In general, Gaisser is very good at making connections between seemingly discrete data, but her relatively limited geographical and chronological range and her decision to concentrate on the authors and texts that really engage her attention can lead readers astray. Her conjecture that “The Golden Ass probably crossed the Alps in a printed book” (244) and her statement that “The first concrete evidence for Apuleius’ novel outside Italy is found in the age of print” (243) are contradicted by the fact that Humphrey, Duke of Gloucester, donated a copy (now lost) of De asino aureo to the University of Oxford in 1439 and was corresponding with Pier Candido Decembrio to obtain copies of the De magia and Florida in 1441, a full thirty years before Hartmann Schedel recorded his acquisition of a copy of Bussi’s edition (Carver 2007: 157-8).
The heart of the book (in several senses of the word) is the account of the massive commentary on the Asinus aureus produced by Filippo Beroaldo in 1500. Beroaldo could fittingly be described as an artist in his own right, not merely a critic or scholar. Gaisser shows how his strategies of self-promotion mimic those of Apuleius himself, and she brings both authors to life with the same skills that she deployed so effectively in her earlier work on Catullus. The final chapter (“Speaking in Tongues”) covers now familiar material, but contains a useful discussion of the interrelationship between Sieder’s German translation of Apuleius (written in 1500, revised with a Lutheran bias and printed in 1538) and Wyle’s version of the pseudo-Lucianic Onos (248).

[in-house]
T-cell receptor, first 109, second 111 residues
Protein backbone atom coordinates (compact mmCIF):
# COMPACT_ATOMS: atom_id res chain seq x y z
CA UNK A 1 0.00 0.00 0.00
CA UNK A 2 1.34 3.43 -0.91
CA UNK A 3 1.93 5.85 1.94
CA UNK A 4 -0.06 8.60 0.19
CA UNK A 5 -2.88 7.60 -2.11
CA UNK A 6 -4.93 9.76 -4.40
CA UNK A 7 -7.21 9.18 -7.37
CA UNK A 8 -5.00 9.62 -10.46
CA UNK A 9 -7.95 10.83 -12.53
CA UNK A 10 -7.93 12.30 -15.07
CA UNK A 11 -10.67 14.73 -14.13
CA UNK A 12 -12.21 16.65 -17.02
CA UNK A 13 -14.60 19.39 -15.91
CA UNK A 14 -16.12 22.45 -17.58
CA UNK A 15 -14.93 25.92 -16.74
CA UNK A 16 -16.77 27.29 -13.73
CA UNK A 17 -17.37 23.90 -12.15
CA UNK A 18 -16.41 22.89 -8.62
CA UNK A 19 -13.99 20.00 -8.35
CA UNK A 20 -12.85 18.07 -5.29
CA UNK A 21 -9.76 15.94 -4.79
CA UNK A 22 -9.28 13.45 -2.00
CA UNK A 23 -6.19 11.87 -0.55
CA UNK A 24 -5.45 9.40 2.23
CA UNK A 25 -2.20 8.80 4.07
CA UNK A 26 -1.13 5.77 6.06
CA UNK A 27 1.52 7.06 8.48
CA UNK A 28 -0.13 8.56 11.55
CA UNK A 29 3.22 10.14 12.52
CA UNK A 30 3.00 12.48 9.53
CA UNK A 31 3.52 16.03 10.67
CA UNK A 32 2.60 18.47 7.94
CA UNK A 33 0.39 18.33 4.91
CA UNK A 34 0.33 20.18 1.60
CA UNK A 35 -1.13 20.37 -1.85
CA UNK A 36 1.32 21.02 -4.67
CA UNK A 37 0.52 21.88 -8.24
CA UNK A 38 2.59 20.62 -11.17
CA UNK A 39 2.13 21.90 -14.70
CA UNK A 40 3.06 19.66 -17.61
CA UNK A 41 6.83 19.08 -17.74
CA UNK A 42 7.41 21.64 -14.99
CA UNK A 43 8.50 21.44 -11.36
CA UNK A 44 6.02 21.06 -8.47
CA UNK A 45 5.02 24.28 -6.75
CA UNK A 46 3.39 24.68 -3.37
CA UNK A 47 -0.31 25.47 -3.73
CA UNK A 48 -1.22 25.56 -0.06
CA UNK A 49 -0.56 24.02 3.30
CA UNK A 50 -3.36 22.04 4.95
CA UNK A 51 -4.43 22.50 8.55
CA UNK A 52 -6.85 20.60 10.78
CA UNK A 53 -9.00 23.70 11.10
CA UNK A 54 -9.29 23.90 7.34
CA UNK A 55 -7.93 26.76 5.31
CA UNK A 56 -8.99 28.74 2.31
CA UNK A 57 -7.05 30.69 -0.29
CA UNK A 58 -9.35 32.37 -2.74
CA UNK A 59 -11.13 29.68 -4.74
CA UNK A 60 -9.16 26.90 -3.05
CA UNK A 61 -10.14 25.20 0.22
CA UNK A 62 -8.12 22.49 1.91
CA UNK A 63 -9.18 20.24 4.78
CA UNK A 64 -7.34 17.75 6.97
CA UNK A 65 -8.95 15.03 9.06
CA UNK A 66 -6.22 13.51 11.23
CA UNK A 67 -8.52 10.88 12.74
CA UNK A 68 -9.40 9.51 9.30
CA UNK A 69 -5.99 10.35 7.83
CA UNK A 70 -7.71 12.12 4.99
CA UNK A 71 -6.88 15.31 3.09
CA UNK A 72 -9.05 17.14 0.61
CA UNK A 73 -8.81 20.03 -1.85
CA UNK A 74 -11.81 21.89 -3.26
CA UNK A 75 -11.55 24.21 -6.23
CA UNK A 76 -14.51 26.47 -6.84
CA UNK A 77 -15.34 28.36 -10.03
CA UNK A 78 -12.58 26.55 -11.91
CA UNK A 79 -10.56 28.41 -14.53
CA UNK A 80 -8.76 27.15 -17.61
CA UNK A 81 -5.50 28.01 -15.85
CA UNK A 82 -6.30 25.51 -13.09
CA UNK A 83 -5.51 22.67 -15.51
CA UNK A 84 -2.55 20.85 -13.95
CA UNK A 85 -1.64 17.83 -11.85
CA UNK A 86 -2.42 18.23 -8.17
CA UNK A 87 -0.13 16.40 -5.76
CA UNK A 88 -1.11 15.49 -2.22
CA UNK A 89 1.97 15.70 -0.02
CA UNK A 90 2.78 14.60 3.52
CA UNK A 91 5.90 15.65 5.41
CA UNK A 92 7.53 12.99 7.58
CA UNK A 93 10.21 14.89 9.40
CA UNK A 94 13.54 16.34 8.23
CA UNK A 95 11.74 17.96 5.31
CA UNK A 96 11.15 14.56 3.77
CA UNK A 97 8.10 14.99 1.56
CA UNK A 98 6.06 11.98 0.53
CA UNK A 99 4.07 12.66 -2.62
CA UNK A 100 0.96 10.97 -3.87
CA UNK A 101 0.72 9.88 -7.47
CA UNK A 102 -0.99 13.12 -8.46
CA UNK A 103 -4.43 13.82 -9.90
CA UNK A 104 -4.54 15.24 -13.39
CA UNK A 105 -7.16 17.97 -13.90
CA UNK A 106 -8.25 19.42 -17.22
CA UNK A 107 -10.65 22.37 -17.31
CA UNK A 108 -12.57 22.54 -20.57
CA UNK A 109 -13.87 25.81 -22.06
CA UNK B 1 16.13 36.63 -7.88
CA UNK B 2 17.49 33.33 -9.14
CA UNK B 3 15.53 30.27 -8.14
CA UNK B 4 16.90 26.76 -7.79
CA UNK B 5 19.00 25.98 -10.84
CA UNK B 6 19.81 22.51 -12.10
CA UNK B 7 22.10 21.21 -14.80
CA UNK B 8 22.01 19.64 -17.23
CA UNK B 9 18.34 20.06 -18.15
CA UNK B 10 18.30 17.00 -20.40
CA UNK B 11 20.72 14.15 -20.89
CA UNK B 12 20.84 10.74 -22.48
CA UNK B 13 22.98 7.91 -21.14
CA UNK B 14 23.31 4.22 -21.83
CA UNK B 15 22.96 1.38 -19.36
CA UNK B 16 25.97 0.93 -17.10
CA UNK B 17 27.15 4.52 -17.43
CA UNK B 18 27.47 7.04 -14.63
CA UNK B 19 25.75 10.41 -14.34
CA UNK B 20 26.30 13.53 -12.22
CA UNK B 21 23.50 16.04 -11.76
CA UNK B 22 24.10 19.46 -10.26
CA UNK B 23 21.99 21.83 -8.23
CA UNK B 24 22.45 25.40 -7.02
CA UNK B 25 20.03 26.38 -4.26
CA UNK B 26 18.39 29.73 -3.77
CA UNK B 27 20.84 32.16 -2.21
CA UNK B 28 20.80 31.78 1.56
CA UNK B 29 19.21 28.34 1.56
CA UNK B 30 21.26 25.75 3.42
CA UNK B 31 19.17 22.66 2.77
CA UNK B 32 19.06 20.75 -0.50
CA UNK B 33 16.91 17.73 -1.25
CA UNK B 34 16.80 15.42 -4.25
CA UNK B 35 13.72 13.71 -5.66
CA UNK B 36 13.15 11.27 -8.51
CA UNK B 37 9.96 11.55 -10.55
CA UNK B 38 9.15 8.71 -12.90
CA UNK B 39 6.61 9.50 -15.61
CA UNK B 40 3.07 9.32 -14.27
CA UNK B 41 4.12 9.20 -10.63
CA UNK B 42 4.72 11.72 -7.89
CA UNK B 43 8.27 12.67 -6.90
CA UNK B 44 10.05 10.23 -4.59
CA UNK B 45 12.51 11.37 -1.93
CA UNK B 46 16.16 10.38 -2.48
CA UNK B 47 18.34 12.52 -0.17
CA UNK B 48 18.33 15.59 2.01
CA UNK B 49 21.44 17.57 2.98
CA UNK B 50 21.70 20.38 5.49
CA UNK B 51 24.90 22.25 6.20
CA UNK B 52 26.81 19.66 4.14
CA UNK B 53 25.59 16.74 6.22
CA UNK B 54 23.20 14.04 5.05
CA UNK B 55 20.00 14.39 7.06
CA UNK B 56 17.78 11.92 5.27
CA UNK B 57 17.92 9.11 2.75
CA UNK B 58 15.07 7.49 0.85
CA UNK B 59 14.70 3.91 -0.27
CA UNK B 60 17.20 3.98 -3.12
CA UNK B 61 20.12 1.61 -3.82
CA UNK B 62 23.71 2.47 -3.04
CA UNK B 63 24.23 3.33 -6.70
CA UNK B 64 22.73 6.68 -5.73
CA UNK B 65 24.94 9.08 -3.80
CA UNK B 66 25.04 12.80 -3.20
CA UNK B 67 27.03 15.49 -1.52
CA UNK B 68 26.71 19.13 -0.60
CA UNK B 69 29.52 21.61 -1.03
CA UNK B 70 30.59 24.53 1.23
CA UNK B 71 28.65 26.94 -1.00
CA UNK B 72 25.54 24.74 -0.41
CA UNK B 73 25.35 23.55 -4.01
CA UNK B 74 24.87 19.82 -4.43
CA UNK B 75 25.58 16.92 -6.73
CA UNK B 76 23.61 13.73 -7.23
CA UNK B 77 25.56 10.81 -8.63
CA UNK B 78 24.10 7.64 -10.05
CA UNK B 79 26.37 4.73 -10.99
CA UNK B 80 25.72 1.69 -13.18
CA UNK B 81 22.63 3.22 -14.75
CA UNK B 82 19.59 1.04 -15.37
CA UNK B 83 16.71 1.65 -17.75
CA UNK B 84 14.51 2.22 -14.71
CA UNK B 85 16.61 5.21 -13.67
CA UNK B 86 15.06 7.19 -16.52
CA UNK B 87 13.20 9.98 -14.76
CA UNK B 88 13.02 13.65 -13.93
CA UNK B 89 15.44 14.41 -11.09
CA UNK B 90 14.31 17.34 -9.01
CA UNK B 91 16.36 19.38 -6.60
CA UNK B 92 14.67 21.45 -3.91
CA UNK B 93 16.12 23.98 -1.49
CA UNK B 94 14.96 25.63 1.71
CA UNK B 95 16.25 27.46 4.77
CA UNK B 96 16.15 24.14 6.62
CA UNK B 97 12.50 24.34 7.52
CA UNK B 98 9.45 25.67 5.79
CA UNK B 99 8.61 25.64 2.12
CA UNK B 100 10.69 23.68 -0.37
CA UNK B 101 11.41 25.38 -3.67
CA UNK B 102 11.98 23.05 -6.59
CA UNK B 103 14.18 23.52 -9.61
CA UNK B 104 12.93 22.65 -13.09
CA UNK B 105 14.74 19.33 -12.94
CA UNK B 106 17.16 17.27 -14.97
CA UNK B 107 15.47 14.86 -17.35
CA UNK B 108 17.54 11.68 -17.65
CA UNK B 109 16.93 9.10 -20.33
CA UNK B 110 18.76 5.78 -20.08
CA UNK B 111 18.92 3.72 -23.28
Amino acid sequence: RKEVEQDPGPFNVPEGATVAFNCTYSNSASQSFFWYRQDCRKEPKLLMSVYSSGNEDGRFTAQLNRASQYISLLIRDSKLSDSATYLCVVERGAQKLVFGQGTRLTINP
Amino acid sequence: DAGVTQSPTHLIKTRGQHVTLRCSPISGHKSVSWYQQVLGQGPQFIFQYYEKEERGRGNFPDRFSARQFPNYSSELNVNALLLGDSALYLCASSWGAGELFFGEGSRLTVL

There are, inevitably, minor criticisms that one could make. In her discussion of Beroaldo’s attitude towards allegoresis, Gaisser misrepresents “the medieval fourfold system of allegory employed by interpreters of scripture”, confusing “tropological” (i.e. moral) with “typological” levels of meaning: “on the historical level Jerusalem is the city of Judaea, on the allegorical or tropological level the church, on the moral level the soul . . .” (231). The index is not comprehensive, so that interesting allusions in the footnotes to (for example) the Conquestio uxoris Cavicholi (an analogue to Apuleius’ account of the ménage à trois at Met. IX. 27), or Niccolò Maria d’Este, or the Tabula Cebetis will be missed by an academic browser. The bibliography is copious, bringing in a broad range of Italian and German scholarship (including Franziska Küenzlen’s Verwandlungen eines Esels: Apuleius’ “Metamorphoses” im frühen 16. Jahrhundert [Heidelberg 2005]); but there are some surprising omissions, among them Margaret Anne Doody’s The True Story of the Novel (1996) which, however provocative — indeed, problematic— in its central thesis (“Novel and romance are one”), nevertheless provides some stimulating accounts of Apuleian reception.
There is, however, a great deal here to admire and to enjoy. Professor Gaisser provides a lucid introduction to a complex but fascinating subject, synthesizing and complementing existing scholarship in the field, and containing it all in a matrix of cloth, paper, and print that (in the best Renaissance tradition) is a pleasure to hold as well as to read.